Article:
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Published February 15, 2012 | Published + Supplemental Material
Journal Article Open

Synchronous and symmetric migration of Drosophila caudal visceral mesoderm cells requires dual input by two FGF ligands


Caudal visceral mesoderm (CVM) cells migrate synchronously towards the anterior of the Drosophila embryo as two distinct groups located on each side of the body, in order to specify longitudinal muscles that ensheath the gut. Little is known about the molecular cues that guide cells along this path, the longest migration of embryogenesis, except that they closely associate with trunk visceral mesoderm (TVM). The expression of the fibroblast growth factor receptor (FGFR) heartless and its ligands, pyramus (pyr) and thisbe (ths), within CVM and TVM cells, respectively, suggested FGF signaling may influence CVM cell guidance. In FGF mutants, CVM cells die before reaching the anterior region of the TVM. However, an earlier phenotype observed was that the two cell clusters lose direction and converge at the midline. Live in vivo imaging and tracking analyses identified that the movements of CVM cells were slower and no longer synchronous. Moreover, CVM cells were found to cross over from one group to the other, disrupting bilateral symmetry, whereas such mixing was never observed in wild-type embryos. Ectopic expression of either Pyr or Ths was sufficient to redirect CVM cell movement, but only when the endogenous source of these ligands was absent. Collectively, our results show that FGF signaling regulates directional movement of CVM cells and that native presentation of both FGF ligands together is most effective at attracting cells. This study also has general implications, as it suggests that the activity supported by two FGF ligands in concert differs from their activities in isolation.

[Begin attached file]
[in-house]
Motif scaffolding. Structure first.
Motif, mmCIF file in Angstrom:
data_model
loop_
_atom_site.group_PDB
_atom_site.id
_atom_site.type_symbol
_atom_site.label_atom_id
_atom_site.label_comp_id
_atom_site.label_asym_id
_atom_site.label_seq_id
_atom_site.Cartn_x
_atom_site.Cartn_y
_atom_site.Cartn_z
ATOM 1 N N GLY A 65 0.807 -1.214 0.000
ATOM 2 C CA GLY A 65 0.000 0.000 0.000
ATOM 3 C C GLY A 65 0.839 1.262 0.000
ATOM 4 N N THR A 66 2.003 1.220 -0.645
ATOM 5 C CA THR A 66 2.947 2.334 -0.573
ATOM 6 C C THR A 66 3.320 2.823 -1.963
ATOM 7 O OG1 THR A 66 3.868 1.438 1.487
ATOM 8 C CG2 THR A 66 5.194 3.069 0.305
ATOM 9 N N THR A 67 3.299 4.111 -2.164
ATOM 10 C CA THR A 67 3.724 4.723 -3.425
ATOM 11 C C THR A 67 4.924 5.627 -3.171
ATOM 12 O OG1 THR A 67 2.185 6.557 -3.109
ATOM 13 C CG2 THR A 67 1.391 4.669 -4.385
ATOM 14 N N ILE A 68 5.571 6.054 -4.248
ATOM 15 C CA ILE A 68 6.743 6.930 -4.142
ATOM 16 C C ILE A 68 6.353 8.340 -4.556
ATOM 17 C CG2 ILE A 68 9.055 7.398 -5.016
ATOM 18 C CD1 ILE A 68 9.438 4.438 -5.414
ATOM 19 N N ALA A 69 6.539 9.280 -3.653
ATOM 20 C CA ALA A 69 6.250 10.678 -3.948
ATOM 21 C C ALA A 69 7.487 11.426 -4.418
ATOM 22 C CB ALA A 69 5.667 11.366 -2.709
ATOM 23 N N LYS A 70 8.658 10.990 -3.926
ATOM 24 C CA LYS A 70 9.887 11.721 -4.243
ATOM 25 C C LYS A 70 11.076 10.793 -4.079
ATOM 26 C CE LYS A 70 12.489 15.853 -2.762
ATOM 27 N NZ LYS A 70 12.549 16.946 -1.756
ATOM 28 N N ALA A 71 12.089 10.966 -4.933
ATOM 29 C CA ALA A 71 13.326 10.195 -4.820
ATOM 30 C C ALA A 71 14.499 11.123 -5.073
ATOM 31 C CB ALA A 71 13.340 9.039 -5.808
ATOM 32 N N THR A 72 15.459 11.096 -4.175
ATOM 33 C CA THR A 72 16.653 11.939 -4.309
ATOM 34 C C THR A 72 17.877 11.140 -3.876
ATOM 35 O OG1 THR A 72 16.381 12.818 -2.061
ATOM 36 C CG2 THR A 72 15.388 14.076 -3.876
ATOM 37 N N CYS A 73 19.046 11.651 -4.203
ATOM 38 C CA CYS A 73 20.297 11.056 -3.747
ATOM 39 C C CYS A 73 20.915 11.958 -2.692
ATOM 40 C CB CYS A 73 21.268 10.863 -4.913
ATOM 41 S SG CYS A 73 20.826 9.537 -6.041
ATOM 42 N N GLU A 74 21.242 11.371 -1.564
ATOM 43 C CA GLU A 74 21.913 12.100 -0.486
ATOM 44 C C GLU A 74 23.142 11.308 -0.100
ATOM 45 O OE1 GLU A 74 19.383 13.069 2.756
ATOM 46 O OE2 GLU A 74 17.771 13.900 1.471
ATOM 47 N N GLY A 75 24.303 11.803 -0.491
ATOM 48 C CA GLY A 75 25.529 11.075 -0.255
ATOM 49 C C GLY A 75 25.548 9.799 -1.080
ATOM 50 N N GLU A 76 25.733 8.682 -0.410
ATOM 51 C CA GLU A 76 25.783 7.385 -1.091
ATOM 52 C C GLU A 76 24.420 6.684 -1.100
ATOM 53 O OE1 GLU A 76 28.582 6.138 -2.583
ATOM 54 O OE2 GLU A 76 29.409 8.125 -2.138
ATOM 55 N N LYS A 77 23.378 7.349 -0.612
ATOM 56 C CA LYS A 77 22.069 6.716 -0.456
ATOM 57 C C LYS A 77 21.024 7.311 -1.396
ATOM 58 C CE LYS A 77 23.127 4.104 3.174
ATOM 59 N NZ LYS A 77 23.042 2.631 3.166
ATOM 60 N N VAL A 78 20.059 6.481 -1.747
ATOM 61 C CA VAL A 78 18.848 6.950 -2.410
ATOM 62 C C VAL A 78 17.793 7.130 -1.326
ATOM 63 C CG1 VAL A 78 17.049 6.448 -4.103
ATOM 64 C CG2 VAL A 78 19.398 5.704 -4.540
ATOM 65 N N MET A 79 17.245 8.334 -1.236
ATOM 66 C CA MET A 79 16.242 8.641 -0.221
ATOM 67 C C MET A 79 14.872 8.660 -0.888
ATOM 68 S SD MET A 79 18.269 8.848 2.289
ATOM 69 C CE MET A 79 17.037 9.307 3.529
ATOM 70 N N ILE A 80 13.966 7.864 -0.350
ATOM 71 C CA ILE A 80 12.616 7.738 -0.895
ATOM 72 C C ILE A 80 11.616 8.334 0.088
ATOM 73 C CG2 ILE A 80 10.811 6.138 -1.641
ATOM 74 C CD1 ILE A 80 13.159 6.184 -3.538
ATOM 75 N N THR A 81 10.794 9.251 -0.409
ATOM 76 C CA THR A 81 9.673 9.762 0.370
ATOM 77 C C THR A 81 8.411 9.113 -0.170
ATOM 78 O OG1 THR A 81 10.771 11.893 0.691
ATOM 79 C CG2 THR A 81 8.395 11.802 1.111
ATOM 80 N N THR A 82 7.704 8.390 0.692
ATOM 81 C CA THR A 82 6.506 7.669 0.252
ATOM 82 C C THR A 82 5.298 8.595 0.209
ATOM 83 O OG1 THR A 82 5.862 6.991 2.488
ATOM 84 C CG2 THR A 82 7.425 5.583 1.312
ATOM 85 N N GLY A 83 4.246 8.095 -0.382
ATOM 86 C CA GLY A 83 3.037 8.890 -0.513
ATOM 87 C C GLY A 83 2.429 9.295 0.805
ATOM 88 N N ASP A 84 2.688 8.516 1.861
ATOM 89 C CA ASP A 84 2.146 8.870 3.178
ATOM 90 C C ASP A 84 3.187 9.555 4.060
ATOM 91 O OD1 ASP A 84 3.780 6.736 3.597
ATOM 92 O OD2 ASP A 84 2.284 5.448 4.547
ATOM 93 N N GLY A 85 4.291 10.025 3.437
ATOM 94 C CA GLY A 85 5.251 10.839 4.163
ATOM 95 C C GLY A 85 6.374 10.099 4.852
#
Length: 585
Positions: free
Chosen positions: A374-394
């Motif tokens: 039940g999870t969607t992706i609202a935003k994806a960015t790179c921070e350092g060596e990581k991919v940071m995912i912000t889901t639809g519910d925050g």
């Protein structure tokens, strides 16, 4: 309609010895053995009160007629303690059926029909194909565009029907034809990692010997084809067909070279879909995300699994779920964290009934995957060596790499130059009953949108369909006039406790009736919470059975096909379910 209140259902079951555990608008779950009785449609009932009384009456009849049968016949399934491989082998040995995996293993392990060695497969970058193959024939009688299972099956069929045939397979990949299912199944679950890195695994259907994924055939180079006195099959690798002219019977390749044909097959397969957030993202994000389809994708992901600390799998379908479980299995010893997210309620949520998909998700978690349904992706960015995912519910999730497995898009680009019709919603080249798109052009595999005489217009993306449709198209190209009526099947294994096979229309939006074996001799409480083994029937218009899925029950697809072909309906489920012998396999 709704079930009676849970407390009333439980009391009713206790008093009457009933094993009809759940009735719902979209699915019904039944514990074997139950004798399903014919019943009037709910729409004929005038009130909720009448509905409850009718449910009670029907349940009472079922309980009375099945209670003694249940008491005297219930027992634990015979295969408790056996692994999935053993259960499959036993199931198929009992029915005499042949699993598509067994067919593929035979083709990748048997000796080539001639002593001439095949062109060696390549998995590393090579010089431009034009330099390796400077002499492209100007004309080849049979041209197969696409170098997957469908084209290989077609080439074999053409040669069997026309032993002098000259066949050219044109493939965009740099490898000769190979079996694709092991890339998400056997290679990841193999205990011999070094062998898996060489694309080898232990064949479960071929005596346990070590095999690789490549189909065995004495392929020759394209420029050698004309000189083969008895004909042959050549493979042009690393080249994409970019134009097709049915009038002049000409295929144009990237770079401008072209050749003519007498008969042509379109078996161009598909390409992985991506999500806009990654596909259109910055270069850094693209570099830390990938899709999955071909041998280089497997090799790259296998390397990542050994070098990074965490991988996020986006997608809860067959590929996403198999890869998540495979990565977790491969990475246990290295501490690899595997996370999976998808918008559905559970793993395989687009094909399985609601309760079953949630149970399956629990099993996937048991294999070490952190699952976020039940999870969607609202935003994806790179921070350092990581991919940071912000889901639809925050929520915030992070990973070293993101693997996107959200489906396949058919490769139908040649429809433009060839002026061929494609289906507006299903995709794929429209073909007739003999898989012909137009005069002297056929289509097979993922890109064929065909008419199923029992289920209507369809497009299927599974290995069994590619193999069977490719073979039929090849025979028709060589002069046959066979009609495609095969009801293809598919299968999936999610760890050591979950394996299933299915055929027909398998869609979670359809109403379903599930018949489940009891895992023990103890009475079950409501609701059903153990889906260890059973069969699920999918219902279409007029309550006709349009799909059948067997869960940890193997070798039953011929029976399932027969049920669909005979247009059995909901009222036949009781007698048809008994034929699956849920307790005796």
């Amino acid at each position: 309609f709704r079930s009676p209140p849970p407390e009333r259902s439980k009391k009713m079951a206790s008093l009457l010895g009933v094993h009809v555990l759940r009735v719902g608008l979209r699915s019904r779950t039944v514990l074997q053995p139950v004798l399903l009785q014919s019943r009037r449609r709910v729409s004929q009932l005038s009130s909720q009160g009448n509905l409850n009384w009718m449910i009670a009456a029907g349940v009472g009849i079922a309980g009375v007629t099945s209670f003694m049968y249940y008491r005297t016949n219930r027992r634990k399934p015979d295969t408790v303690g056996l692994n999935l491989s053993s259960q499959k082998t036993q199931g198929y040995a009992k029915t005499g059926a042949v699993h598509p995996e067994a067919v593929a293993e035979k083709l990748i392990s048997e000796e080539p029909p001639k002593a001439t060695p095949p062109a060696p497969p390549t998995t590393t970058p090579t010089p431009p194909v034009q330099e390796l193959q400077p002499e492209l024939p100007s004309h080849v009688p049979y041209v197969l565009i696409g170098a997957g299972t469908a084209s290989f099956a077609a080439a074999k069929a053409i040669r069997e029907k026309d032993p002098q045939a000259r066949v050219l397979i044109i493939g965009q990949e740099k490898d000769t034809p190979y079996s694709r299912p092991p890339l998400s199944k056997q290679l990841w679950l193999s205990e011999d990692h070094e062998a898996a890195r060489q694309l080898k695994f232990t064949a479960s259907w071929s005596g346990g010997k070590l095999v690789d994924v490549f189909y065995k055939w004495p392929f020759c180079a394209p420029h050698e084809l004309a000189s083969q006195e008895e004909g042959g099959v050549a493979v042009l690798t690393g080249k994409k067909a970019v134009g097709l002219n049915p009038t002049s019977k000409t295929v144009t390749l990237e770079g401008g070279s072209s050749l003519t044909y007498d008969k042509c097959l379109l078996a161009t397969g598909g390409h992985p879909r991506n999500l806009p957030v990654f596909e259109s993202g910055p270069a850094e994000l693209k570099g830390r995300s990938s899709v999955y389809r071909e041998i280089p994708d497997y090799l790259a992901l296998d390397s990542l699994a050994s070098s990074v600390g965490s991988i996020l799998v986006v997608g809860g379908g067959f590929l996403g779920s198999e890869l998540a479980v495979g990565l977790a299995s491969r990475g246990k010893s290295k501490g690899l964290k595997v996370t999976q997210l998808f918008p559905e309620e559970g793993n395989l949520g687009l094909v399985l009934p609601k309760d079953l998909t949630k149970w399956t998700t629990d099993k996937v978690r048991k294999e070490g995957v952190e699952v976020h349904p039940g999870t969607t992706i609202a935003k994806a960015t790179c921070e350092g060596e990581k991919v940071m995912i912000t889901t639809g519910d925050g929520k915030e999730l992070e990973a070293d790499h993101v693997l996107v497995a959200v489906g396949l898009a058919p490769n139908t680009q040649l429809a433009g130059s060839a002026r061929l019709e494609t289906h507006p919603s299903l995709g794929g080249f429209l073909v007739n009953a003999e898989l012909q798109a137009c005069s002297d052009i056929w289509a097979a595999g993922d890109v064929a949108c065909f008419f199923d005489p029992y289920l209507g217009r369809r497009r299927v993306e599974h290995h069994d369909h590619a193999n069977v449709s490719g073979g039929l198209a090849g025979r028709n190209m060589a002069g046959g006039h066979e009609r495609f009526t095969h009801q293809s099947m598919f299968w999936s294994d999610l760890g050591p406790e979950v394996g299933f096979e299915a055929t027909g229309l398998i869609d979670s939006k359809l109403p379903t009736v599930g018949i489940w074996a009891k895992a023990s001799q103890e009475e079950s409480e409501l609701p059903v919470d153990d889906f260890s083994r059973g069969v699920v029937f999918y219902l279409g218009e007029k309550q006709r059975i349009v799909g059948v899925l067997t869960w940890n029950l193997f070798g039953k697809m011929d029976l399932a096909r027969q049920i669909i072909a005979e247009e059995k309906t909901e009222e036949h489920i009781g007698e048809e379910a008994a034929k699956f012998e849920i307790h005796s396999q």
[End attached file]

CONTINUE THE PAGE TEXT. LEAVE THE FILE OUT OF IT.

Additional Information

© 2012 Published by The Company of Biologists Ltd. Accepted 30 November 2011. Published online before print January 4, 2012. We thank Leslie Dunipace, Alphan Altinok and Sarah Wadsworth for excellent technical assistance; Manfred Frasch and Mayra Garcia for helpful discussions; and Marianne Bronner and members of the Stathopoulos laboratory, especially Young Bae, for comments on the manuscript. In addition, we are grateful to Rolf Reuter for sharing fly strains, providing the schematic shown in Fig. 1 and supporting S.K.'s preliminary studies of CVM cell migration (parts of supplementary material Fig. S1 and Fig. S2). Funding This work was funded by a grant from the National Institute of General Medical Sciences (NIGMS) [R01GM078542 to A.S.]. Deposited in PMC for release after 12 months. Competing interests statement: The authors declare no competing financial interests. Author contributions: S.K. and A.S. designed the experiments; S.K. conducted all the experiments except the manual tracking in Fig. 6, which was carried out by S.G.; S.K. and A.S. analyzed the data and wrote the manuscript.

Attached Files

Published - Kadam2012p17602Development.pdf

Supplemental Material - FigS1.jpg

Supplemental Material - FigS2.jpg

Supplemental Material - FigS3.jpg

Supplemental Material - FigS4.jpg

Supplemental Material - Movie1.mov

Supplemental Material - Movie2.mov

Supplemental Material - Movie3.mov

Supplemental Material - Movie4.mov

Supplemental Material - Movie5.mov


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